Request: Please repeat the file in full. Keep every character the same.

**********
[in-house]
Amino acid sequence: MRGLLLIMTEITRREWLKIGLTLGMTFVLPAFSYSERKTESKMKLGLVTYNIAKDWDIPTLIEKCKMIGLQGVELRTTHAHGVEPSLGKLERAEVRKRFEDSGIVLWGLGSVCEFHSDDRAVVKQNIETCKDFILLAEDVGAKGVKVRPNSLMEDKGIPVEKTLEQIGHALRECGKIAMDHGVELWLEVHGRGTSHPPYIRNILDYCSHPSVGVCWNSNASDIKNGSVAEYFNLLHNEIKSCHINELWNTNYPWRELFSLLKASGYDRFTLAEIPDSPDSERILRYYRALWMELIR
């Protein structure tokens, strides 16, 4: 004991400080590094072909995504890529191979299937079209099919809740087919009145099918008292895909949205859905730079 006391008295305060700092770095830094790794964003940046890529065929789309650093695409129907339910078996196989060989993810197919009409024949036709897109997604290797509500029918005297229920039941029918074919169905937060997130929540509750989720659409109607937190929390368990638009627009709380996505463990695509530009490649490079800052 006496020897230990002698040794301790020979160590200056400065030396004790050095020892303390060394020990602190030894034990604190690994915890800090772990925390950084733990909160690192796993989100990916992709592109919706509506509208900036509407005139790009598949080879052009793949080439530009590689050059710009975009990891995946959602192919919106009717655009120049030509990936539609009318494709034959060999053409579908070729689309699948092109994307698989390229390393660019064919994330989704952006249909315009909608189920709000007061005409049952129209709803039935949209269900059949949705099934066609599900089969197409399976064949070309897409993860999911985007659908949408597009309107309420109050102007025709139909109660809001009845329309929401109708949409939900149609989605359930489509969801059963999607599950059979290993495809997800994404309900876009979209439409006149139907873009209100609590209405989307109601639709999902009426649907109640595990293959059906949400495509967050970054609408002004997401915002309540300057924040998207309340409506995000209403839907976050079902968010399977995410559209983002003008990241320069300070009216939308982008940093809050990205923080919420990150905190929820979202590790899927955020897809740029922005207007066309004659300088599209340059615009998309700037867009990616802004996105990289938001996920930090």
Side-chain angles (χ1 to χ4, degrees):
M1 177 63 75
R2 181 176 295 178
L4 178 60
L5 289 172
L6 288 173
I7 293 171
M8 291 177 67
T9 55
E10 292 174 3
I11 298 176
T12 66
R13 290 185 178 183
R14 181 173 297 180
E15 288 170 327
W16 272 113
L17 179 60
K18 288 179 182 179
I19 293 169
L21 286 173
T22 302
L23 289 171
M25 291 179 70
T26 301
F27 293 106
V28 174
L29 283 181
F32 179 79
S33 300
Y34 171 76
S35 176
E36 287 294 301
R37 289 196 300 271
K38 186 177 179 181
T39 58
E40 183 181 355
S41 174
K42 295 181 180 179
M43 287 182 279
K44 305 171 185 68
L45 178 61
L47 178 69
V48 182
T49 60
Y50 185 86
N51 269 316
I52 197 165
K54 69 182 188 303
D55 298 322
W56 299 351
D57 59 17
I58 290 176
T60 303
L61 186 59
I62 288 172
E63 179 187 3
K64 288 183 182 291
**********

[in-house]
Amino acid sequence: MRGLLLIMTEITRREWLKIGLTLGMTFVLPAFSYSERKTESKMKLGLVTYNIAKDWDIPTLIEKCKMIGLQGVELRTTHAHGVEPSLGKLERAEVRKRFEDSGIVLWGLGSVCEFHSDDRAVVKQNIETCKDFILLAEDVGAKGVKVRPNSLMEDKGIPVEKTLEQIGHALRECGKIAMDHGVELWLEVHGRGTSHPPYIRNILDYCSHPSVGVCWNSNASDIKNGSVAEYFNLLHNEIKSCHINELWNTNYPWRELFSLLKASGYDRFTLAEIPDSPDSERILRYYRALWMELIR
């Protein structure tokens, strides 16, 4: 004991400080590094072909995504890529191979299937079209099919809740087919009145099918008292895909949205859905730079 006391008295305060700092770095830094790794964003940046890529065929789309650093695409129907339910078996196989060989993810197919009409024949036709897109997604290797509500029918005297229920039941029918074919169905937060997130929540509750989720659409109607937190929390368990638009627009709380996505463990695509530009490649490079800052 006496020897230990002698040794301790020979160590200056400065030396004790050095020892303390060394020990602190030894034990604190690994915890800090772990925390950084733990909160690192796993989100990916992709592109919706509506509208900036509407005139790009598949080879052009793949080439530009590689050059710009975009990891995946959602192919919106009717655009120049030509990936539609009318494709034959060999053409579908070729689309699948092109994307698989390229390393660019064919994330989704952006249909315009909608189920709000007061005409049952129209709803039935949209269900059949949705099934066609599900089969197409399976064949070309897409993860999911985007659908949408597009309107309420109050102007025709139909109660809001009845329309929401109708949409939900149609989605359930489509969801059963999607599950059979290993495809997800994404309900876009979209439409006149139907873009209100609590209405989307109601639709999902009426649907109640595990293959059906949400495509967050970054609408002004997401915002309540300057924040998207309340409506995000209403839907976050079902968010399977995410559209983002003008990241320069300070009216939308982008940093809050990205923080919420990150905190929820979202590790899927955020897809740029922005207007066309004659300088599209340059615009998309700037867009990616802004996105990289938001996920930090």
Side-chain angles (χ1 to χ4, degrees):
M1 177 63 75
R2 181 176 295 178
L4 178 60
L5 289 172
L6 288 173
I7 293 171
M8 291 177 67
T9 55
E10 292 174 3
I11 298 176
T12 66
R13 290 185 178 183
R14 181 173 297 180
E15 288 170 327
W16 272 113
L17 179 60
K18 288 179 182 179
I19 293 169
L21 286 173
T22 302
L23 289 171
M25 291 179 70
T26 301
F27 293 106
V28 174
L29 283 181
F32 179 79
S33 300
Y34 171 76
S35 176
E36 287 294 301
R37 289 196 300 271
K38 186 177 179 181
T39 58
E40 183 181 355
S41 174
K42 295 181 180 179
M43 287 182 279
K44 305 171 185 68
L45 178 61
L47 178 69
V48 182
T49 60
Y50 185 86
N51 269 316
I52 197 165
K54 69 182 188 303
D55 298 322
W56 299 351
D57 59 17
I58 290 176
T60 303
L61 186 59
I62 288 172
E63 179 187 3
K64 288 183 182 291